In a snapshot style Nan recorded her life and that of her friends. She believed in the ‘narrative of the self, the private and public exhibition we call being’. Her images show much of her community and give an intense insight in the dynamics between the people, their emotions and struggles. Nan called the drag community she lived in ‘her chosen family’. Her images reflect a life whose intimacy comes as close as a family life may be, showing a longing for what she had missed in her own childhood.

As personal and up and close Goldin’s work may be, the overall effect of her work gives you a more general, almost anthropological view on the communities she photographed and even her own life. As Arbus put it: ‘The more specific you are, the more general it will be’. It’s the details that accentuate the overall effect, showing that you can bring across a bigger story than just a snapshot of your own daily life.


Assignment 1 – Brief

Here’s a list of my first response and ideas to the brief, referring to the steps that were given in Short’s Creative Photography: Context and Narrative

  1. Context of the final output
    This assignment is done as part of my course and the final output is primarily made for my tutors and assessors in order for them to get an idea of the quality of my work and way of thinking about photography. Besides that, the work is going to be looked at by other students and probably the subjects in the photographs.
  2. Relevant information regarding conceptual approach
    The brief
    – produce 10 images
    Technical requirements
    – Taken with same camera and focal length
    – Demonstration of my engagement with the lives, experiences and history of my local community and people
    – Single theme, topic or activity
  3. Learning Aims
    – Become aware of how my embedding in the situation and position in the spaces that I photograph are reflected in my work.
    – Produce images that have a strong visual language, but where the idea is the strongest element in the photograph.
    – Be able to look at my own community from a photographer’s perspective and learn how to visually translate my perspective into images that show my insider’s view.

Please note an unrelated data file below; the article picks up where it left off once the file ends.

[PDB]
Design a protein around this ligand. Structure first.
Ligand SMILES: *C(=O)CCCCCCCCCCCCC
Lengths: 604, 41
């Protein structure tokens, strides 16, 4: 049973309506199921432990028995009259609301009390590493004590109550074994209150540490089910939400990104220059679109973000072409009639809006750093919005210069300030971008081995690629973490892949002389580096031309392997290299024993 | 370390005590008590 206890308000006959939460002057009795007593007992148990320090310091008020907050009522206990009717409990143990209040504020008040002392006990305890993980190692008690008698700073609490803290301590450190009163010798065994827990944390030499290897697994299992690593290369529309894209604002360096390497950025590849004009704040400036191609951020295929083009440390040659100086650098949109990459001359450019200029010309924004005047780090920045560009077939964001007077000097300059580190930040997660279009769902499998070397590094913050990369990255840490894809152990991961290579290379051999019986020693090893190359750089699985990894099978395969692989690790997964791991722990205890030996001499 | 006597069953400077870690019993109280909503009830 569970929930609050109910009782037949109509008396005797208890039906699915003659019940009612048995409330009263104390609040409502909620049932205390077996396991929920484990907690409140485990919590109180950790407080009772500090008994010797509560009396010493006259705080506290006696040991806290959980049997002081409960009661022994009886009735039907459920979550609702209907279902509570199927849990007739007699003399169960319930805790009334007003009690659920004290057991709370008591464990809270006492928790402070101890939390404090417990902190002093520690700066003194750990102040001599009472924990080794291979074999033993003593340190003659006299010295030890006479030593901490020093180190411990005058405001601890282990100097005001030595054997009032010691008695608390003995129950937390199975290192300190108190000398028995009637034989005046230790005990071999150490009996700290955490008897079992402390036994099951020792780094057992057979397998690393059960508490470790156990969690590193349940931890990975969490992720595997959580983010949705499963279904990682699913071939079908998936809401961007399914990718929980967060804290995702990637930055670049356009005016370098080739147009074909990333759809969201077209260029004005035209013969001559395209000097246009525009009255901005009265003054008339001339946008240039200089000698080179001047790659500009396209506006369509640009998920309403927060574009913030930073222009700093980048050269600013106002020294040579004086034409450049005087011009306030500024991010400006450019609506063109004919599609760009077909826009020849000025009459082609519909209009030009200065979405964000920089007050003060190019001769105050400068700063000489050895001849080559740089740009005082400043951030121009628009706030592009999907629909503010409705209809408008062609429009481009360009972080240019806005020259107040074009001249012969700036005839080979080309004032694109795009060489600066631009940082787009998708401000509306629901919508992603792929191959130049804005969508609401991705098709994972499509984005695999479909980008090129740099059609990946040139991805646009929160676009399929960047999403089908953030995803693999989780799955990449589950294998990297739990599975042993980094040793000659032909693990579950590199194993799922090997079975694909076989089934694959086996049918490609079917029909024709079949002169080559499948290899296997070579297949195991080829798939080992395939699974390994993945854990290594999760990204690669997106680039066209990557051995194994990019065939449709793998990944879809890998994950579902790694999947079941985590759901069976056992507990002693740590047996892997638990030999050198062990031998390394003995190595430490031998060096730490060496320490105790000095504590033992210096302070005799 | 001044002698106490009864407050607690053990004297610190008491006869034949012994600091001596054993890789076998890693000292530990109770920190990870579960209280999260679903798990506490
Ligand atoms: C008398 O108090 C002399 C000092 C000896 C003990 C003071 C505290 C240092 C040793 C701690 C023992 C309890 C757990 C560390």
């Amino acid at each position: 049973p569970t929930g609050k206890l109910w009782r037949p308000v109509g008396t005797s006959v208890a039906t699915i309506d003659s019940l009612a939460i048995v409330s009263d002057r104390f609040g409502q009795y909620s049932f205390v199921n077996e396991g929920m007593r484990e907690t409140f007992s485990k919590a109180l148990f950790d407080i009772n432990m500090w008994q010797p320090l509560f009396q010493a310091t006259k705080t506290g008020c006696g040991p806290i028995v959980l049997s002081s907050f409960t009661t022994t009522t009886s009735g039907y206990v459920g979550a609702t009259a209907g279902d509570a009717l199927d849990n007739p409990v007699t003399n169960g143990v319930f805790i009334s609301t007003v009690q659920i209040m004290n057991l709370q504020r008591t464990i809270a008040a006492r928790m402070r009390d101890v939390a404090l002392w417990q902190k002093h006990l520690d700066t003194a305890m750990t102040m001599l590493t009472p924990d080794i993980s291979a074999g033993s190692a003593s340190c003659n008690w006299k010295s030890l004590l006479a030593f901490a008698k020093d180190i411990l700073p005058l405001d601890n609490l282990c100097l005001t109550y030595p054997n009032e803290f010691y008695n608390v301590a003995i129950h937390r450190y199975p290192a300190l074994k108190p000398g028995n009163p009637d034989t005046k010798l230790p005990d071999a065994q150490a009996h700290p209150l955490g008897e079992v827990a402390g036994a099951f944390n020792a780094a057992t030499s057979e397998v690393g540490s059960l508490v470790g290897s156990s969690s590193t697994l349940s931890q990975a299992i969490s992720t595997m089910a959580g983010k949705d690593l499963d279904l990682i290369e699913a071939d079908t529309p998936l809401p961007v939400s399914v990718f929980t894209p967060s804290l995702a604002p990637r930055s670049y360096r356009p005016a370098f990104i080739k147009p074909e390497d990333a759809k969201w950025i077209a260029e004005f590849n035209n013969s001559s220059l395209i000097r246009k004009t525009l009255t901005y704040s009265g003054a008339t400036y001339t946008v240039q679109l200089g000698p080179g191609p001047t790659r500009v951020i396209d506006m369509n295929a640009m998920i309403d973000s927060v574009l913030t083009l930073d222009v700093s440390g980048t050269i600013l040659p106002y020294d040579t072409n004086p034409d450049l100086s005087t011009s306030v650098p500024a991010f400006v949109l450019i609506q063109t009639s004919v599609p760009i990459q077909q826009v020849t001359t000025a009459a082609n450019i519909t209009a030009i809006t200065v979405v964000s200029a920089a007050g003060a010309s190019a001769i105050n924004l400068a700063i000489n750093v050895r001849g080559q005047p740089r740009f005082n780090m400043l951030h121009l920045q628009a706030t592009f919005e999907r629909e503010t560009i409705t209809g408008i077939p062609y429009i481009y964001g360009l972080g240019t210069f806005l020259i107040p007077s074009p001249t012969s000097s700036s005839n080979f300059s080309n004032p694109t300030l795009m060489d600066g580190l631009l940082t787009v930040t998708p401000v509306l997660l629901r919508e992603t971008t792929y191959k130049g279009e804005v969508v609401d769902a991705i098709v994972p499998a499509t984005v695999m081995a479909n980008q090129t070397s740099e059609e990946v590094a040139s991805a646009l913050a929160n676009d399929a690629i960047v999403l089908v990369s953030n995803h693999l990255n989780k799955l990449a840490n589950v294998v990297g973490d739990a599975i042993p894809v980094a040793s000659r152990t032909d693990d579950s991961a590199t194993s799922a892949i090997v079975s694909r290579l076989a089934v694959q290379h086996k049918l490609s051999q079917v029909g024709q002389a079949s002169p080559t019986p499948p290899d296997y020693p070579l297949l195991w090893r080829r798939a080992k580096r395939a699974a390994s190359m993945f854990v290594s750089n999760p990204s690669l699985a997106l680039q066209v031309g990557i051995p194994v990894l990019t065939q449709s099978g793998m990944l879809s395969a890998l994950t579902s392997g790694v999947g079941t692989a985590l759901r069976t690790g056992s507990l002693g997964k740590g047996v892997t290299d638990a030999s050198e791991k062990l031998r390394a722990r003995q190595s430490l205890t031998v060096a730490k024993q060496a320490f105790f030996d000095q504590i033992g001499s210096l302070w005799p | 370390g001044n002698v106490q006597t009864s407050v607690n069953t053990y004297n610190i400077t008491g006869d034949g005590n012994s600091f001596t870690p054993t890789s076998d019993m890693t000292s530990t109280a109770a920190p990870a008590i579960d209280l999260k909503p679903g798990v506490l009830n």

– Work in an organized, well planned manner.
    – Push myself to only be satisfied with the best I can do.
  4. Time Schedule
    – Research and contacting community: 2 – 3 days
    – Experimenting: 1 day
    – Processing, taking the actual photographs: 3 – 5 days
    – Post Processing and writing short commentary: 1 – 2 days
    – Printing: 1 day
    – Final Presentation: 1 day
  5. Ideas verbalized
    – Community: Parents of the international school my children go to in New Delhi. Anders from Sweden, Alan from the United States, Fifi from Congo, Jin from Korea and Carla from Germany. This would focus more on the diversity of the community and expat life itself.
    – Activity: Diwali celebration or Fall Fiesta at school, photograph the parents and children to get in the position of showing how they respond to me being part of the community and my role in it. Besides that, it will show how people interact with each other and how local holidays are celebrated by expats and the upper class (the parties are always quite over the top!) After having the images printed, I could ask the people in the images to write something about themselves and what they feel about being part of this community.
    – Coffee at the Tiger’s Den. Every morning parents and teachers of the International School have coffee in a cafe on the school ground. It’s here where you can hear about 10 different languages within 10 minutes and see people from all nationalities talking to each other. I would like to photograph the interaction between them, but also the interaction with the staff of the cafe.
    – Photographs from my compound. I live on a compound that belongs to The Netherlands Embassy, together with 4 other families. We live in beautiful homes, with lush, big gardens, a swimming pool and a gym. In total there are about 30 people working on the compound to cook for us, clean, maintain the homes and garden and drive us. This is my 7th post as a diplomat’s wife, but I have never lived in such a colonial setting before. It would be interesting to photograph the people who live and work here, and show the ambiguity of our strange life.

In my former posts I already mentioned that I want to research Jim Goldberg and Nan Golding, but I feel that I should find some more photographers who have photographed in their own communities to get some more ideas. I’ve read some other students’ post on a William Eggleston exhibition, called Eggleston’s portraits that have been very inspiring.